Petaluma hot spot
Between noon and 1 p.m. on a warm, cloudless summer Saturday is perhaps not the best time to hike the trail uphill through southwest Petaluma’s semi-secret Country Club Open Space. Unless, of course, you are a glutton for that particular kind of sweet and sticky, bright and blistering, solar-powered punishment that is walking in the wide-open on a moderate-to-steep path with sweeping views and intermittent shade under a fiercely hot, wholly disinterested and unconcerned sun.
But did we mention the views?
Like the small neighborhood parks described last week, Country Club Open Space – with its lower trailhead located at 1058 McNear Ave.– is known to almost no one in Petaluma who does not live close enough to the 28.6-acre, half-mile-long strip of space to walk to it. Named for the nearby Petaluma Country Club, the area is a mix of heavily treed oak and eucalyptus and open grassy hills, starting out on McNear - where a single bench identifies the place as a “park” - then rises sharply, with occasional respites of level, catch-your-breath flatness, ultimately ending in a small cul-de-sac at the farthest edge of Mt. Rose Lane.
Notable sights along the way - in addition to the soaring expanse of photographable gorgeousness taking in the freeway, the river, the marsh, great slabs of Petaluma and the Sonoma Mountains beyond - include the nature-made (a tiny dry creek, rich habitat for birds and animals, a delightfully majestic tree with one mighty branch bowing down as if to offer a place to sit) and the human-made (the meandering back-fences of adjoining homes along the undulating terrain, evidence of old-fashioned child’s-play in the form of a simple tree-fort, a hanging rope swing and a make-shift fort built of branches and park, and a final, concluding stairway of wood that transitions hikers from the sometimes dusty trail to the solid road waiting above).
The stairs, it so happens, were created in 2007 by then-teenager Matt Brownell, as part of his Eagle Scout citizenship project with Petaluma’s Troop 8. Then a senior at Petaluma High School, Brownell – whose family lived across the street from the lower trailhead – helped organize the widening of the path. He also oversaw and planned the design and installation of the wooden steps, supported by rebar, and attractively placed at the top of the trail. Other scouts assisted in the project, which stands solidly and much-used to this day.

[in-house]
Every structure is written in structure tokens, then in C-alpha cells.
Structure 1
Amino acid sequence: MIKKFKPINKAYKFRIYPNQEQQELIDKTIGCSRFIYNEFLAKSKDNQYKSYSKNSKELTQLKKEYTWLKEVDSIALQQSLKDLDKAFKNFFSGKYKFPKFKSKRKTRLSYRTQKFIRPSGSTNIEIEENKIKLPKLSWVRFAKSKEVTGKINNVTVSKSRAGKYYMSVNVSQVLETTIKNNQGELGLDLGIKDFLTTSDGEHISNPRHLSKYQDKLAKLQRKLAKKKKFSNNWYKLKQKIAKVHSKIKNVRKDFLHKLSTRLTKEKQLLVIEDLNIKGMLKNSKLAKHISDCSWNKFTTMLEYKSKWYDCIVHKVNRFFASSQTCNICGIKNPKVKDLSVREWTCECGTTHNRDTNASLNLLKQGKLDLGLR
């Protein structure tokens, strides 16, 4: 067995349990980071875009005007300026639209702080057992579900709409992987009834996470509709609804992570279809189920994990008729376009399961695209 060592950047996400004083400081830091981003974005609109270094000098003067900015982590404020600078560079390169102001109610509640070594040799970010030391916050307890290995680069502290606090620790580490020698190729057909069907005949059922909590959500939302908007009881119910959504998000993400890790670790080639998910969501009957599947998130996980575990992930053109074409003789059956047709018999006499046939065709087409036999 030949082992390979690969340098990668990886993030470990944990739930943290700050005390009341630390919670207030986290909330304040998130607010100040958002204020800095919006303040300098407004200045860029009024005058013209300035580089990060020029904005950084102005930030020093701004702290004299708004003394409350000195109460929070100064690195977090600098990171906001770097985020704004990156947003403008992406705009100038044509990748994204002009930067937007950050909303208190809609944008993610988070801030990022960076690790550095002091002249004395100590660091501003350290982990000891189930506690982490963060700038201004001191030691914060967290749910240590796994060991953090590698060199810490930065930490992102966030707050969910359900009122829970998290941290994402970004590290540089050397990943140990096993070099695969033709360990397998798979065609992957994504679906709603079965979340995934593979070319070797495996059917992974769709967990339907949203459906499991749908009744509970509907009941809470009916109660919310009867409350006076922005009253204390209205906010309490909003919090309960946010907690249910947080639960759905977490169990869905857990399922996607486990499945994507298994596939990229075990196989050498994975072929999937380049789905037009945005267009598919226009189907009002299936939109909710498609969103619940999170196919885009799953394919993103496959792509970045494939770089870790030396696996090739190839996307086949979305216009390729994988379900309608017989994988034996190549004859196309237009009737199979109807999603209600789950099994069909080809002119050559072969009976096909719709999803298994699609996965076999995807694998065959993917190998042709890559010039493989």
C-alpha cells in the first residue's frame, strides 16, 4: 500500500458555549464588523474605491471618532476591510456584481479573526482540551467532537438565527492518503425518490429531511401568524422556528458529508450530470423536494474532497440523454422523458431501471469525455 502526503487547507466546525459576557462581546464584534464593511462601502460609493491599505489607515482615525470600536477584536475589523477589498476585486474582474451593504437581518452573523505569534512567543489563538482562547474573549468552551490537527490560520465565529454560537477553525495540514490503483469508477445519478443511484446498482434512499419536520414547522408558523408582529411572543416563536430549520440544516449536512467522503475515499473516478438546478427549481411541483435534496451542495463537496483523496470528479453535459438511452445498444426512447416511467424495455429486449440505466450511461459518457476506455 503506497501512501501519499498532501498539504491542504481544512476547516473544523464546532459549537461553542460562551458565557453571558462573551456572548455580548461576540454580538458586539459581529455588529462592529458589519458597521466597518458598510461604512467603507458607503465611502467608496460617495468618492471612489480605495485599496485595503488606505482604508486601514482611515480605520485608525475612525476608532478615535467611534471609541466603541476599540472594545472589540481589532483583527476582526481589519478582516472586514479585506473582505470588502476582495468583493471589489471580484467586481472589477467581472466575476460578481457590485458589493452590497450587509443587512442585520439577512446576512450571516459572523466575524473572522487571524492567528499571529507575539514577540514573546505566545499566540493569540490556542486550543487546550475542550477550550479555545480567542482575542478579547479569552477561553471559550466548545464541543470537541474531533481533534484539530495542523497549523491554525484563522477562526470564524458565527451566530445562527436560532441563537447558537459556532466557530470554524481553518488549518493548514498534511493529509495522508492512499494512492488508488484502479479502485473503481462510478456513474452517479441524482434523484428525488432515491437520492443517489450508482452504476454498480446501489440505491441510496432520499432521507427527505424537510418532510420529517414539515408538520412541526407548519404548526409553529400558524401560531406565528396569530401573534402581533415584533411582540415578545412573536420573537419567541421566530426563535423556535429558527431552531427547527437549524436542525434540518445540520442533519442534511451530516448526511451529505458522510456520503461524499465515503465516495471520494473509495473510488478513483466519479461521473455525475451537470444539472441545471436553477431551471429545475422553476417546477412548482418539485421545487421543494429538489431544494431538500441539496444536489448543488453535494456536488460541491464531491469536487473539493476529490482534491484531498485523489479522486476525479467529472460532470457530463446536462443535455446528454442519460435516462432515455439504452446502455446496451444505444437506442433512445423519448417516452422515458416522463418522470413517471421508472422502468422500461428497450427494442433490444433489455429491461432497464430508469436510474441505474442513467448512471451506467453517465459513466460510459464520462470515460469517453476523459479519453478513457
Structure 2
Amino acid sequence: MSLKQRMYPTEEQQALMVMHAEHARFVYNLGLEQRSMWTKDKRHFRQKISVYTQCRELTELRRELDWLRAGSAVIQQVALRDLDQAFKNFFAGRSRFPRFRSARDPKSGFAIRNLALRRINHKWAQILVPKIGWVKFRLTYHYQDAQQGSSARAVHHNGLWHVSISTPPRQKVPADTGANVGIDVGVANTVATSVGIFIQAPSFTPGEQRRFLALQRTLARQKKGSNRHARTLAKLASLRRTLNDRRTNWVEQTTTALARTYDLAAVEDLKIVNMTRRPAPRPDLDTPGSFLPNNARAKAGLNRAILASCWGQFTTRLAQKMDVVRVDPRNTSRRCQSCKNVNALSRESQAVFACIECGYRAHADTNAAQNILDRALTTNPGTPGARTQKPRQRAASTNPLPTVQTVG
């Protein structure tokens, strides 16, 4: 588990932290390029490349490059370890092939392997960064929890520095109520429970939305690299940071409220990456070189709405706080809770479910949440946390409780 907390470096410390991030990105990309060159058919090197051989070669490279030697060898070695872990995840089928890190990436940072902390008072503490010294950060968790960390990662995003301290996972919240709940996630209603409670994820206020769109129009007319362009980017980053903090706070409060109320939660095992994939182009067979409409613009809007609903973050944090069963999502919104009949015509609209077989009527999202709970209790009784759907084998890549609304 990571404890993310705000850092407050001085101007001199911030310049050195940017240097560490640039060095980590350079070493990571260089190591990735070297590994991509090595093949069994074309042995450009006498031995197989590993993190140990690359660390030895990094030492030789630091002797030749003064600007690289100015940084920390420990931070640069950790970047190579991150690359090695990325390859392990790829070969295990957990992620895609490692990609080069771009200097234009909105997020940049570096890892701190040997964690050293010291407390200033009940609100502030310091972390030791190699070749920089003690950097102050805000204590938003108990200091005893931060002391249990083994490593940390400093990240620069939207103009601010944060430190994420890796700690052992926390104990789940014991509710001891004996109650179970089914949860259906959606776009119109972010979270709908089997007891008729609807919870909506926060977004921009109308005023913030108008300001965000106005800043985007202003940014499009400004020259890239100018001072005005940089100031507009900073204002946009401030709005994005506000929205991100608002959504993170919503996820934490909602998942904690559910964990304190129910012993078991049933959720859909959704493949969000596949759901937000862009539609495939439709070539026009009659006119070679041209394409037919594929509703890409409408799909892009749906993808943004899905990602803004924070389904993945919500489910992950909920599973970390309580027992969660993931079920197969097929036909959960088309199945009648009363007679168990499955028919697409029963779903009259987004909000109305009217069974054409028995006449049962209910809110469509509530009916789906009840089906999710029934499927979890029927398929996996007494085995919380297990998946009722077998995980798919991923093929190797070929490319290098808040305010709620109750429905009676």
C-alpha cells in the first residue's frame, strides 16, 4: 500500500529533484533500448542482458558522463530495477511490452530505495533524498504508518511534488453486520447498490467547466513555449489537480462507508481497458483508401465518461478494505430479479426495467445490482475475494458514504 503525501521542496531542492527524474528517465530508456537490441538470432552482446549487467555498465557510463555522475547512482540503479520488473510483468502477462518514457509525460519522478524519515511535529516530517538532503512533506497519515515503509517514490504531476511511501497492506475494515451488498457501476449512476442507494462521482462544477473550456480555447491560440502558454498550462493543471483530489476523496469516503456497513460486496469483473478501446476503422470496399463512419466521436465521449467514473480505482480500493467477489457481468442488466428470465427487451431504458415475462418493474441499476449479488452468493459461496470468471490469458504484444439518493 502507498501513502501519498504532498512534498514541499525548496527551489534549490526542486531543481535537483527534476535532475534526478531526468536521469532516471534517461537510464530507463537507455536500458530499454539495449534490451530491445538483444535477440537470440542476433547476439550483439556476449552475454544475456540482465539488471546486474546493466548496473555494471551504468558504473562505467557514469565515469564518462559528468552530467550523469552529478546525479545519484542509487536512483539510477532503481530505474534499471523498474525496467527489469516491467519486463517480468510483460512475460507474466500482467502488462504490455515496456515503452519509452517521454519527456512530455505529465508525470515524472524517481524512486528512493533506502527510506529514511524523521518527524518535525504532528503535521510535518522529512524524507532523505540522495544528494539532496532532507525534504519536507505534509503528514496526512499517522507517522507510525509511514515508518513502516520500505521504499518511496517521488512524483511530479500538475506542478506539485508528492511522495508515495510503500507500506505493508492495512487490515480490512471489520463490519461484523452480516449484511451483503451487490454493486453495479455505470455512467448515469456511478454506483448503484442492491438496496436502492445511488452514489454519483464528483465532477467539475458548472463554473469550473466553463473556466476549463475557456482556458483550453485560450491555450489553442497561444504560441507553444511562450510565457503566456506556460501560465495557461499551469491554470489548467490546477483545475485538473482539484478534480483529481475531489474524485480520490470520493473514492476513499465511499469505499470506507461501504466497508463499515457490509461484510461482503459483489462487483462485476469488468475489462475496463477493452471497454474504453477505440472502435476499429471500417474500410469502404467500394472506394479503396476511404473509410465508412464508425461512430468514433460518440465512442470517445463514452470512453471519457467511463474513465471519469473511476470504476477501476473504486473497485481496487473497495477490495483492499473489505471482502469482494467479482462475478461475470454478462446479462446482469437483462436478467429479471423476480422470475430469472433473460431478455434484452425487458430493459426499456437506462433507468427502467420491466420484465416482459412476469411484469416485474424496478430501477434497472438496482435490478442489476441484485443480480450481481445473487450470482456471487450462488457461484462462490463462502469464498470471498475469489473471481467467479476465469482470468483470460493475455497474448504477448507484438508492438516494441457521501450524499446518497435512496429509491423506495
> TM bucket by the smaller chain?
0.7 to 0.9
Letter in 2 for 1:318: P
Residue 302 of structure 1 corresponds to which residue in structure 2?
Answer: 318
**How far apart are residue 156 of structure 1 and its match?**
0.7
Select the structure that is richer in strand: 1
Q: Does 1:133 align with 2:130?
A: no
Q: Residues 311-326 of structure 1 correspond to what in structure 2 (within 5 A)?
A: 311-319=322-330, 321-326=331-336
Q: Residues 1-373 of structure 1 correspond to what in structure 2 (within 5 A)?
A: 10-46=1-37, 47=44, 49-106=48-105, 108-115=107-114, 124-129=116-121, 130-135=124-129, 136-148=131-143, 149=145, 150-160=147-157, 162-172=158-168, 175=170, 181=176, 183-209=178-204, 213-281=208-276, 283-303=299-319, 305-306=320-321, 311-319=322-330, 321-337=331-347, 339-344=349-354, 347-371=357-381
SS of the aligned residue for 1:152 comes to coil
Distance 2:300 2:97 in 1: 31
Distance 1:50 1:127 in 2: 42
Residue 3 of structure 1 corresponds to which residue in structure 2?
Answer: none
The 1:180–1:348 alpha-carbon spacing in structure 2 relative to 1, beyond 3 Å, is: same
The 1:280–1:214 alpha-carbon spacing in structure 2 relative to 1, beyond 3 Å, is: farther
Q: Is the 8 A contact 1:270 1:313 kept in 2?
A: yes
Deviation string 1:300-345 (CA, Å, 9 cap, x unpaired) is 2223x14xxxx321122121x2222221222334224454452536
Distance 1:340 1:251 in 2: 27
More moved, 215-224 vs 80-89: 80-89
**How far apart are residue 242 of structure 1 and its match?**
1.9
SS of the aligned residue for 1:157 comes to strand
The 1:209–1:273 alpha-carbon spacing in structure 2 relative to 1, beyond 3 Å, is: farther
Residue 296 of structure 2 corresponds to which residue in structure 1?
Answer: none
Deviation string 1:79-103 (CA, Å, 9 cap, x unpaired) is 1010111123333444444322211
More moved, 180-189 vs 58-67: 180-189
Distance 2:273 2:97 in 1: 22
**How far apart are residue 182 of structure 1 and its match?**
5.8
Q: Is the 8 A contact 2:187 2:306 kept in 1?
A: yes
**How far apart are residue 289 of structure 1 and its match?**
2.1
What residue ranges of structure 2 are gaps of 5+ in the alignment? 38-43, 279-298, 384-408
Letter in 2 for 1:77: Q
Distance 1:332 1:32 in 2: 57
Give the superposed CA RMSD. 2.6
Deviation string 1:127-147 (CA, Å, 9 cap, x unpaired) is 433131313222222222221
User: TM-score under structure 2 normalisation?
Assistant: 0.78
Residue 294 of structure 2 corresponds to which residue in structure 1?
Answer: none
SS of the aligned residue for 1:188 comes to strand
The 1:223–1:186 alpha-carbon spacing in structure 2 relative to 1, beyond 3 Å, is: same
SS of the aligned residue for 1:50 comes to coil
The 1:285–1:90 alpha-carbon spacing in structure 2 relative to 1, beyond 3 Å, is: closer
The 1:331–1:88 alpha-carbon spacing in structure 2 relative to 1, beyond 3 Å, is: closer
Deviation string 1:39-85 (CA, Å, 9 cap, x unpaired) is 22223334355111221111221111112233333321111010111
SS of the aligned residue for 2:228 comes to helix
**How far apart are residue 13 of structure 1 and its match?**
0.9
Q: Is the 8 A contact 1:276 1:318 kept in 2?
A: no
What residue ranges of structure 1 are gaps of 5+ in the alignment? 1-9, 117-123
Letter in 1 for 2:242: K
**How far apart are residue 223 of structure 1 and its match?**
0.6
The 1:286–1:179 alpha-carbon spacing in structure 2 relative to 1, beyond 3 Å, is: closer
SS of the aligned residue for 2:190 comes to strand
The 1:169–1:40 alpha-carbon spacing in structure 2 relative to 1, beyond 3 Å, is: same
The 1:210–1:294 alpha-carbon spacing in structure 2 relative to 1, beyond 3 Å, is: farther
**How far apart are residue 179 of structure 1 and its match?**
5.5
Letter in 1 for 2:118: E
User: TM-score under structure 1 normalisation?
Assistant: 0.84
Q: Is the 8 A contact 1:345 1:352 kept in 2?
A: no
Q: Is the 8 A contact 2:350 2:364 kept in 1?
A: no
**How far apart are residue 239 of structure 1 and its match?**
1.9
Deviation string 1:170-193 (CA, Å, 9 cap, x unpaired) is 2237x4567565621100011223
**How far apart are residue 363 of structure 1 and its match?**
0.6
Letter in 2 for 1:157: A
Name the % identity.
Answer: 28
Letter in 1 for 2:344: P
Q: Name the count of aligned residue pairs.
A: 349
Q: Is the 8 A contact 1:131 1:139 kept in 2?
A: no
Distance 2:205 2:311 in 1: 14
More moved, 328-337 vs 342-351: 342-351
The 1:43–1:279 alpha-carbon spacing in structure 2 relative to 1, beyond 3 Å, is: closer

On a recent walk, already described as taking place at high noon on a day when temperatures climbed above 90 degrees, the heat was somewhat mitigated by a cool-ish breeze, and made totally beside-the-point by the ruggedly natural beauty of the area. Tucked in beside some lavishly envy-inducing homes, there’s a stimulating, compare-and-contrast oddness to the area, made additionally memorable by the feeling the whole place gives of being entirely separate from the rest of Petaluma.
Though the short trail is a drop-in-the-bucket, exercise-wise, compared to spots like Helen Putnam Park or Tolay Lake Regional Park, it does create a decent workout if you take the path at a steady clip. Though beware. On the lower parts of the trail, the earth is definitely a bit loose and slippery.
Still, if you watch your footing, and plan to take the one-mile up-and-back trip with your eyes peeled, there are plenty of delights to be found here, from the random discovery of an apparent owl feather, laid out for easy discovery on the path, to a downward-swooping branch crossing the path, inviting tall hikers to play a game of low-tree limbo.
Gorgeous and fun.
Sometimes, one gets the idea that Nature enjoys hanging out and playing with us as much as we enjoy spending quality time with her.
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